The Erdogan Insult Mess: Dutch Reporter, German Politician Arrested For Mocking Erdogan; Swiss Art Exhibit Targeted Too

from the if-you-can't-take-criticism,-get-out-of-politics dept

The insanity around Turkish president Recep Tayyip Erdogan and his insanely thin skin is getting worse. As we’ve discussed, Erdogan has been going crazy suing anyone in Turkey who he claims insults him (over 1800 cases in just 18 months). And he’s tried to take things internationally as well. Even when visiting the US, his team tried to silence the press. And then he whined about a song on a German TV station mocking him. That resulted in a German comic writing some more direct insults, and Erdogan somehow discovering a nearly forgotten German law that allows for criminal cases against anyone who insults a foreign leader.

People are completely up in arms over the fact that German Chancellor Angela Merkel made the political choice and gave in to Erdogan’s request, allowing the comedian, Jan Bohmermann, to face charges that could land him in jail. Merkel, the pundits claimed, “needed” to do this because she needs Erdogan’s support in dealing with the refugee crisis going on right now. The one bone she threw to critics was that the law in question should be changed — a process that is moving forward rapidly.

Of course, all this has really done is increase attention to all of this (gee… doesn’t that sound familiar?) and create more people mocking Erdogan and his thin skin. Bruno Kramm, the head of the German Pirate Party, went to the Turkish Embassy in Berlin and conducted a “literary analysis” of Bohmermann’s satirical (if over the top) poem — leading to Kramm being taken into custody by the police.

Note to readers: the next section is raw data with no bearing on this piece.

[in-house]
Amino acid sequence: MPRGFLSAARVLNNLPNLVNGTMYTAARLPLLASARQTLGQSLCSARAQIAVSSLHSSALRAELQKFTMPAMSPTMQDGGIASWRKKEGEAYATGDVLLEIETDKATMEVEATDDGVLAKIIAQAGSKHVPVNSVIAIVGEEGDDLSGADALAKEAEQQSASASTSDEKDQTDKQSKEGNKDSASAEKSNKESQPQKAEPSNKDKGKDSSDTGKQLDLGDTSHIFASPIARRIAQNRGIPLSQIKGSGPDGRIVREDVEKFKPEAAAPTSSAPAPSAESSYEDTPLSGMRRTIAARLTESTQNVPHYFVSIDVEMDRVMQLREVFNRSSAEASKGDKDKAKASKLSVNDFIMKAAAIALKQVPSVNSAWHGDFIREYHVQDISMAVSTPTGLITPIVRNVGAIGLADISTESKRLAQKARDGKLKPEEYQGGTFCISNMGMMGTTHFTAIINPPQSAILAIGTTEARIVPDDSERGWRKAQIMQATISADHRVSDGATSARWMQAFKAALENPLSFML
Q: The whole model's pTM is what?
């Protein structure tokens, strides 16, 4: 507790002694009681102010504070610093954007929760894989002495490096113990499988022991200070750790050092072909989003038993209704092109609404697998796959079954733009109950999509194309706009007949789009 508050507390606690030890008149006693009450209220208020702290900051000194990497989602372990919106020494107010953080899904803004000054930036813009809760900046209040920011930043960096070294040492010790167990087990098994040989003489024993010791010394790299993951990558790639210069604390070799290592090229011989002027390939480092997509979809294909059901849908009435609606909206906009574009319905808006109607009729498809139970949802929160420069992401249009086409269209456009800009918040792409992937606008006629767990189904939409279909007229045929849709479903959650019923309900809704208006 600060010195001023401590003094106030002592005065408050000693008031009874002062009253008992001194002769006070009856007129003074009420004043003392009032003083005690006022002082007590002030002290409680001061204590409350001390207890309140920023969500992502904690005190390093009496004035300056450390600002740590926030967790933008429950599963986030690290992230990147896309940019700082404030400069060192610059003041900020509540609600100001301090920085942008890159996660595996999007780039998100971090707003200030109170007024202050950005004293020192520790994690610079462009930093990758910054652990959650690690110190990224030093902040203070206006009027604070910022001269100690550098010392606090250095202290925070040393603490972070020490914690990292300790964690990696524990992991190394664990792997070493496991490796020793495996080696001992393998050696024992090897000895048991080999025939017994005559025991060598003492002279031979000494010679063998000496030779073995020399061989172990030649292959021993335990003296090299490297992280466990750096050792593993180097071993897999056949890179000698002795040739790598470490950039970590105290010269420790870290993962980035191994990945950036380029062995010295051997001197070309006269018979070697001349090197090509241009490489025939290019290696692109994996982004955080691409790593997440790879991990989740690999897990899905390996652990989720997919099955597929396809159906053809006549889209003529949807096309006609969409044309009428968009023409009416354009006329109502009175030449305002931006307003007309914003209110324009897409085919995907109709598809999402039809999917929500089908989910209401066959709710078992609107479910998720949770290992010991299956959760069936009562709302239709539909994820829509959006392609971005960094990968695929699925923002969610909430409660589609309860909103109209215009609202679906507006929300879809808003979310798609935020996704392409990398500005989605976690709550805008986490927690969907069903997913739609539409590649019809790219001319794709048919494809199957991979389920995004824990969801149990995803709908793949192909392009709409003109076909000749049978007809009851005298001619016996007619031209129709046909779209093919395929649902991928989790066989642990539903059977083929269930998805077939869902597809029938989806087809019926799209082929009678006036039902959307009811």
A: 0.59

Meanwhile Erdogan’s assault on free speech in Europe is spreading. The Turkish consulate in Rotterdam has apparently been urging Turkish nationals to send in reports of any insults directed at Erdogan. That comes right after the Netherlands realized that it has a similar law to Germany’s and decided that it should probably get rid of it too:

The Turkish consulate in Rotterdam has urged Turkish nationals to report examples of president Recep Tayyip Erdogan being insulted and denigrating comments made about Turks in general, Dutch media say on Thursday afternoon.

Various Turkish organisations in the Netherlands have been emailed by the consulate, urging them to make a note of the insults. The call comes a day after the Dutch government said it would scrap legislation which makes insulting a friendly head of state a criminal offence.

And, it appears, the Turkish authorities are not messing around. Just as all of this was happening, Turkish police arrested a Dutch journalist, Ebru Umar, who was vacationing in Turkey, but who had just written a column critical of Erdogan (and had criticized Erdogan’s supporters on Twitter). If Erdogan thinks this will actually suppress criticism, it appears he may have miscalculated. The biggest newspaper in the Netherlands released Monday’s paper with a giant caricature of Erdogan as an ape crushing free speech:

And, that’s not all. The Turkish consulate in Switzerland has filed an official complaint about an art exhibit in Geneva because, it turns out, Switzerland has a law like Germany and the Netherlands. It’s quite amazing how Erdogan became such an expert on these laws in Europe so quickly…

The Genevan authorities have confirmed that they have received a complaint from the Turkish consulate to Switzerland. Just like Germany, Swiss law contains a clause prohibiting insults towards foreign leaders.

The offending photograph is part of an exhibition from photographer Demir Sonmez. The photo in question shows a protest in Istanbul in which a banner proclaims that Erdogan was responsible for the death of a teenager.

Thankfully, it does not appear Erdogan has discovered a similar such law over in the UK, where The Spectator has launched a contest asking for the most offensive and insulting poetry about Erdogan. The prize is £1,000 (and, I assume, a lifetime ban from visiting Turkey).